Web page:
I come from a family of strong women.
I married one, too.
This isn’t to say that the men in my family are any less fortitudinous. No, exactly the opposite as a matter of fact. But I’m not here to boast on them.
I’m not here to offend, either. So if it’s in your wheelhouse to color your armpit hair or teach your young daughters swear words in the advancement of “women’s rights”, then by all means, go nuts.
I’m here to relate my observances of the women in my life. The ones who I want my unborn daughter(s) to emulate and trust. The ones in which I see not only the best that women have to offer, but the ones that offer the best of humanity.
I suppose my outlook on feminism stems from a college course I once took which sought to explain and give dividends to this movement. At first, I must say I was intrigued. And yet, once fully submerged in the grand entirety of this fascinating movement, I found myself wholly disgusted.
Yes, I’m a man, but not of the Archie Bunker variety (Insert misogynist comment here.)
This hint of nausea came to me after I ingested a bit of Third Wave Feminism. If you’re unaware, as I was, this movement had its beginnings when one woman became fed up with the abuse and mistreatment of women (like many others).
I was onboard with that.
It wasn’t until I read further that I felt the underlying tones of this movement rise to the surface. It was not a movement bred out of love and betterment. Rather, it was one based on lime lighting and entitlement—a movement advanced with profanity and distrust.
And no, I’m not a woman-hater.
I’m fully for the equal treatment and pay of women around the world. The UN speech Emma Watson gave, brilliant. I love the idea of women leaders and have served under a select number that inspired and pushed me to aim higher and perform better. From none of these women, though, have I felt any hint of resentment or dissuasion for being a woman in a man’s world.
My sister is the mother of two beautiful kids. She cooks, cleans, and drives to baseball practice like a 1950’s housewife. She cares for her husband, and gets her hands dirty tending chickens that lend their eggs to her (and other) kitchen tables. In her “off time”, she fronts her own photography business, while working on her writing. She’s published stories and written books. She drives four-wheelers and I’ve seen her pull her shoulder back into place.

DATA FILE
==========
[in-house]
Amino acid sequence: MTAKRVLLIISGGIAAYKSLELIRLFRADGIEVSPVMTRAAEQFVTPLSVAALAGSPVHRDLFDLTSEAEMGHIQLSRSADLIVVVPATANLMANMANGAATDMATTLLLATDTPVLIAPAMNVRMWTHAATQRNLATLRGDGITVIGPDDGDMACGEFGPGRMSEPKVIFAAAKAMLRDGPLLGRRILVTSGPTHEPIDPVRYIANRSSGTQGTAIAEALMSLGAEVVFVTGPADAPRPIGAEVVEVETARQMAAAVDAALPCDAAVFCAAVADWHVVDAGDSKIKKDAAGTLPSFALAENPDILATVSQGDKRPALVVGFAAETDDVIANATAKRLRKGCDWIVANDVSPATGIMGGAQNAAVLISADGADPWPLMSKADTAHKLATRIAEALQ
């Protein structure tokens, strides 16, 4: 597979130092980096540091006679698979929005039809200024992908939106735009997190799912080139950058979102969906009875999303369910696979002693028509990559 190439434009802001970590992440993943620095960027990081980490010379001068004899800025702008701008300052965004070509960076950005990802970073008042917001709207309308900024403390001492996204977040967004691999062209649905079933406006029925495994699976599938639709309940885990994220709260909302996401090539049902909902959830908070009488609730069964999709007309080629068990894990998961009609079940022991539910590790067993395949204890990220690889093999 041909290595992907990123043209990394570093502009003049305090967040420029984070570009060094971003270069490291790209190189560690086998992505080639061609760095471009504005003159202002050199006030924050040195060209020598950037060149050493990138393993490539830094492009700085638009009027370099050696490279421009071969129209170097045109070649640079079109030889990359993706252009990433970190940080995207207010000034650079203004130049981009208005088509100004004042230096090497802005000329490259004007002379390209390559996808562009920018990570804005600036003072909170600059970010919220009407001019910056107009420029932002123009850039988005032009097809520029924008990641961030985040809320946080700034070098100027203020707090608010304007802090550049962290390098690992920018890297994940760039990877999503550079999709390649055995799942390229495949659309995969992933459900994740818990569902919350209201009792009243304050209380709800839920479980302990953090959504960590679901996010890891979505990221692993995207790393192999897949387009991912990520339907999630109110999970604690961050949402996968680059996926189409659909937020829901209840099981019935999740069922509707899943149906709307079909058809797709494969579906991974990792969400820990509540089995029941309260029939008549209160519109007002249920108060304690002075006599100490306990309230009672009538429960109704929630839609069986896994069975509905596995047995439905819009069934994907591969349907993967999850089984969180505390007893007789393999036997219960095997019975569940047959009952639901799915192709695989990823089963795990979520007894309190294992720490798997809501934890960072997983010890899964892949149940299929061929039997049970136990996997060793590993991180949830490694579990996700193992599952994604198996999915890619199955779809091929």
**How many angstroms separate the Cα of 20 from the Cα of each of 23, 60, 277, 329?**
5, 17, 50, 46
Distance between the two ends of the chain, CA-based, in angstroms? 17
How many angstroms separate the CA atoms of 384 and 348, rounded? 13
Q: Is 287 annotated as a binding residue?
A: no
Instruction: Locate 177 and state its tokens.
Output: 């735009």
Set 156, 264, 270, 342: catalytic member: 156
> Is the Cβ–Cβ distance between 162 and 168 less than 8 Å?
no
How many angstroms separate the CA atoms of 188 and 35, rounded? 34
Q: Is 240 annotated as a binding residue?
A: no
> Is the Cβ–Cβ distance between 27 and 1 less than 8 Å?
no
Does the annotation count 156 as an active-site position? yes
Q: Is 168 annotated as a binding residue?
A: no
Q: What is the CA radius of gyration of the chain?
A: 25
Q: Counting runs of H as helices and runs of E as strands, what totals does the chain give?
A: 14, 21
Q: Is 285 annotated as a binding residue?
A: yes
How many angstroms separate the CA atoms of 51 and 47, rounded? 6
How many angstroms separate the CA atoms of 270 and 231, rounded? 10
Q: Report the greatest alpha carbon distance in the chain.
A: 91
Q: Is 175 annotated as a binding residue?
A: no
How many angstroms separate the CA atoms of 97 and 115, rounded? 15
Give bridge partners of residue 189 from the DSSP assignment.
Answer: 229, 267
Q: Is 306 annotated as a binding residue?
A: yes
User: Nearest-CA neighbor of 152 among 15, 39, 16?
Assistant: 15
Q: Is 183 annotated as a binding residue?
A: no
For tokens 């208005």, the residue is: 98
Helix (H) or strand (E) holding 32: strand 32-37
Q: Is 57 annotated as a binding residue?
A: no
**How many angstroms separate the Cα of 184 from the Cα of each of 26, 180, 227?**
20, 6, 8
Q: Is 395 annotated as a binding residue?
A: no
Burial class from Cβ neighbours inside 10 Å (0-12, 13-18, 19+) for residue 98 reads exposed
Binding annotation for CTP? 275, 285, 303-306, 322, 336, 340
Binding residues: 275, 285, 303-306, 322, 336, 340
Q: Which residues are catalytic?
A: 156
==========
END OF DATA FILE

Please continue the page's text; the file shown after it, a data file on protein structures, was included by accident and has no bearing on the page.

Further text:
My wife, raised by an old-school generation of grandparents, is an ICU nurse with more certifications under her belt than I can forget to remember. She keeps people alive and comforts those passing into death. She works even when she isn’t working. Not because of my bidding. No friend, quite the contrary. She loves deeply, never quits, and is tougher than me, even after my morning coffee and a Rocky movie marathon. In this house, she’s the brick and mortar; I am the curtains.
Never once have I heard these women say “It isn’t fair.” Never once have I heard them take into account their shorter urethras and curvier dispositions as reasons for their successes or failures. Never once have they grandstanded and flaunted their ovaries as a catalyst to their triumphs.
They simply do what needs to be done, and you had best not stand in their way.
They’ve never needed a slogan, handout, or crutch. They’ve never needed feminism.
Because, frankly, they’re better than that.
. . .
The world owes women (and men) absolutely nothing.
The best women I know don’t care.
They’re too busy excelling.